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Feces is really important for some animals. It can help them survive in their environment, heal sickness, and gives some young a good start in life!

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Feces is usually the end result of the nutritional equation of an animal's diet. However, it can also be the beginning.

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I'm a fan of learning lots of interesting facts about feces, because almost every single animal poops. And knowing what's normal and what's not normal about an animal's poop is important in caring for them. For example, some animals eat their own poop.

Consuming feces is called coprophagia, and it's completely normal and essential for some species. Rabbits, for example, need to eat their own poop to get all the nutrient for a fully functional digestive tract. When a rabbit eats plants and starts digesting them, it enters a section of the intestines that contains symbiotic bacteria that begin to break down the food. This process produces certain vitamin Bs and makes the rest of the nutrients more readily available. This specially processed material is then pooped out in a soft batch of feces, called cecotrophes.

The cecotrophes are then consumed by the rabbit for a second pass through their digestive system to absorb all the nutrients made possible by the first time through. If a rabbit gets sick, it's important to offer them the cecotrophes of a healthy rabbit in order to get them back on track. And baby rabbits will eat the cecotrophes of their mother to make sure they get the nutrients for a good start in life.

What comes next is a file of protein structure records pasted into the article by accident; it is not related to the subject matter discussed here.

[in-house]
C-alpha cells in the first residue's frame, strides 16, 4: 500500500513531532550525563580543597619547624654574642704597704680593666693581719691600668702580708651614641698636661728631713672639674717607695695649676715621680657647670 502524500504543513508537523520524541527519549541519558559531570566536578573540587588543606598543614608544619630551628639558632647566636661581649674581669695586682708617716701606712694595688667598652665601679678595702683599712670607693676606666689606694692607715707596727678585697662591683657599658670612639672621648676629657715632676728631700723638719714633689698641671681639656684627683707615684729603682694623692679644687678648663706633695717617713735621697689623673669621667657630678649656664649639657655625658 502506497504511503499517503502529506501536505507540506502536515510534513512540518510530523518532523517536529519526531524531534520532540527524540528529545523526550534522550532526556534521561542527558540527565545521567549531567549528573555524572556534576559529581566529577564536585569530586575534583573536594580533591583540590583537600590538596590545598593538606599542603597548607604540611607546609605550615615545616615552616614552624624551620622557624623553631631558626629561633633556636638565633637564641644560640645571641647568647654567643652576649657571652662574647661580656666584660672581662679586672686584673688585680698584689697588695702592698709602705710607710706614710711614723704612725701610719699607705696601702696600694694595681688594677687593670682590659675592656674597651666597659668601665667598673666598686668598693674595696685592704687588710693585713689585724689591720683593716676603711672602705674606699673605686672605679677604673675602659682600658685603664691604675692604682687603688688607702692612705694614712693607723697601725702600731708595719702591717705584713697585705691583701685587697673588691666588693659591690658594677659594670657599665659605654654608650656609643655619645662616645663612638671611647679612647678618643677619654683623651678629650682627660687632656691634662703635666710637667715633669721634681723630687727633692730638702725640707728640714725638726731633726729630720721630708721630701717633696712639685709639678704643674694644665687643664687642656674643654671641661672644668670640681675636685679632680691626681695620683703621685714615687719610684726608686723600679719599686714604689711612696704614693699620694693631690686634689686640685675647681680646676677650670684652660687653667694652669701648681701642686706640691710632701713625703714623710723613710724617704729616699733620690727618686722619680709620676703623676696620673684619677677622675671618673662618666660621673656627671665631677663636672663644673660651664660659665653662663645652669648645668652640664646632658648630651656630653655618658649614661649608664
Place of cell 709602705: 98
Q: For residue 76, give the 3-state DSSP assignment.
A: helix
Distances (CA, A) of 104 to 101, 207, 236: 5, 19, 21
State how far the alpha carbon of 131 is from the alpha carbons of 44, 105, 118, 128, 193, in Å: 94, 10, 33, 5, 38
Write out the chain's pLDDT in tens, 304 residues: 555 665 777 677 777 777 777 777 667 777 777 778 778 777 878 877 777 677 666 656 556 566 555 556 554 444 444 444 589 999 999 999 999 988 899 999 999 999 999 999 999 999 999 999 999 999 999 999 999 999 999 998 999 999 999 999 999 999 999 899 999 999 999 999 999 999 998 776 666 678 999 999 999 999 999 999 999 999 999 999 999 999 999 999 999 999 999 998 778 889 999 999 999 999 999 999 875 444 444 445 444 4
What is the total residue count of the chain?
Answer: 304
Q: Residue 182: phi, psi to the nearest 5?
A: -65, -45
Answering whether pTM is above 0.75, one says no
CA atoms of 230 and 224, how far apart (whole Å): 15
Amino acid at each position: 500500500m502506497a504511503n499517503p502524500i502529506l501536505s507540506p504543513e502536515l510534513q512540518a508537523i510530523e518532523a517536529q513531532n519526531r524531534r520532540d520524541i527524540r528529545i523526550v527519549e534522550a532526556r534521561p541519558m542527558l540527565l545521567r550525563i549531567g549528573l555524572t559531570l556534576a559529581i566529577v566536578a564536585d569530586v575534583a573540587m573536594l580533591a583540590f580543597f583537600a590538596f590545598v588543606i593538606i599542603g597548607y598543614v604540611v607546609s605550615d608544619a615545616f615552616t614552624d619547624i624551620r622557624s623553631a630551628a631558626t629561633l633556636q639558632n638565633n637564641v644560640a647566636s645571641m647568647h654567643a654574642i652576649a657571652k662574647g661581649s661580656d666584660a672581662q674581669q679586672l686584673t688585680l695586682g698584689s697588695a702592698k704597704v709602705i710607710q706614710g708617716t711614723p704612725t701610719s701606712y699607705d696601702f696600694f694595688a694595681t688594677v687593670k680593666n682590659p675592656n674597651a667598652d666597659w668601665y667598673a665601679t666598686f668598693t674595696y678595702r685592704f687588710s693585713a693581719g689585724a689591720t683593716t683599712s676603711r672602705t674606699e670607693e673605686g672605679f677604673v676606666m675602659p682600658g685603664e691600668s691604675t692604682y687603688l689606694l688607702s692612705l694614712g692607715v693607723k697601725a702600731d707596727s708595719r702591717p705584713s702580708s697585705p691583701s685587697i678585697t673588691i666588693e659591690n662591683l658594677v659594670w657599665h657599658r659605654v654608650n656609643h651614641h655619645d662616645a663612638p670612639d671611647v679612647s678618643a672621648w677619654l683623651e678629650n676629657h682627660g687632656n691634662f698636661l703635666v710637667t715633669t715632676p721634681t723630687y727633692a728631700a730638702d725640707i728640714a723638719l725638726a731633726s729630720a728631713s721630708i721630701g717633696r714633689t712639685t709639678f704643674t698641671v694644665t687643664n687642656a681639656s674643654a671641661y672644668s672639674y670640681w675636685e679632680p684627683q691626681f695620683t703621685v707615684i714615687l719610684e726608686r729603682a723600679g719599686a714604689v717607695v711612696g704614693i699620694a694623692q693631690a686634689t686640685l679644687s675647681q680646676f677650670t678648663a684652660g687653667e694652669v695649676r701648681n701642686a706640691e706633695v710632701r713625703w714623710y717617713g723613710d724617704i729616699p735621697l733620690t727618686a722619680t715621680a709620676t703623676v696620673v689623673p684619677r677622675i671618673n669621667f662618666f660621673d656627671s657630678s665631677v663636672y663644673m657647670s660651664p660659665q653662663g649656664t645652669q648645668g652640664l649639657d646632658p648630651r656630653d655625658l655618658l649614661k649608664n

And rabbits aren't the only ones who eat their parents' poo. Others include termites, hippopotamuses, rats, koalas, and Guinea pigs. Elephant and giant panda babies need to eat their mothers' poop in order to get the bacteria needed to break down the tough and fibrous vegetation that's available in their environment.

So, coprophagia is pretty cool, but it's not just about animals that eat their own poo, it also includes animals that eat other species' feces too. A lot of the dirt that you encounter every day is also part of the coprophagia mania. Decomposers, or detritivores, consume organic waste materials as a part of their every day diets. Animals like worms, millipedes, and cockroaches munch on deceased plants and animals, and also poop. Other organisms like fungi and bacteria can also join in on the fun, because there are plenty of leftover nutrients in feces that decomposers can use for their daily food requirements. And it's not just good for them, it's good for everyone else, too.

Imagine a world without decomposers. Go ahead, take a moment. Hmm, endless piles of poop. *shudders* Luckily, decomposers clean it all up for us. And when they cycle the waste through their digestive tract and eventually poop, their feces creates soil rich in nutrients, so they're now readily available for plants to absorb-which then recycle the nutrients to feed more organisms, including humans. So thanks, decomposers!

But remember, coprophagia isn't good for all species. Adult dogs and cats should not be regularly consuming feces because it could also contain harmful bacteria. If your dog is eating poop, I suggest you consult your veterinarian to form a plan of action.

Thanks for watching this episode and getting to know how interesting and necessary coprophagia is for some species. If you'd like to continue learning awesome things about animals, you can go on an adventure with us every week by subscribing to our YouTube channel, Animal Wonders Montana. You can also find me sharing random thoughts and things I'm doing on Twitter @Animal_Wonders. Bye Guys.

[Closing Theme]

(In video preview) 
Now, sadly, some animals may never even know what their feces even looks like, or they don't care, because once it leaves their body, it holds no more use for them.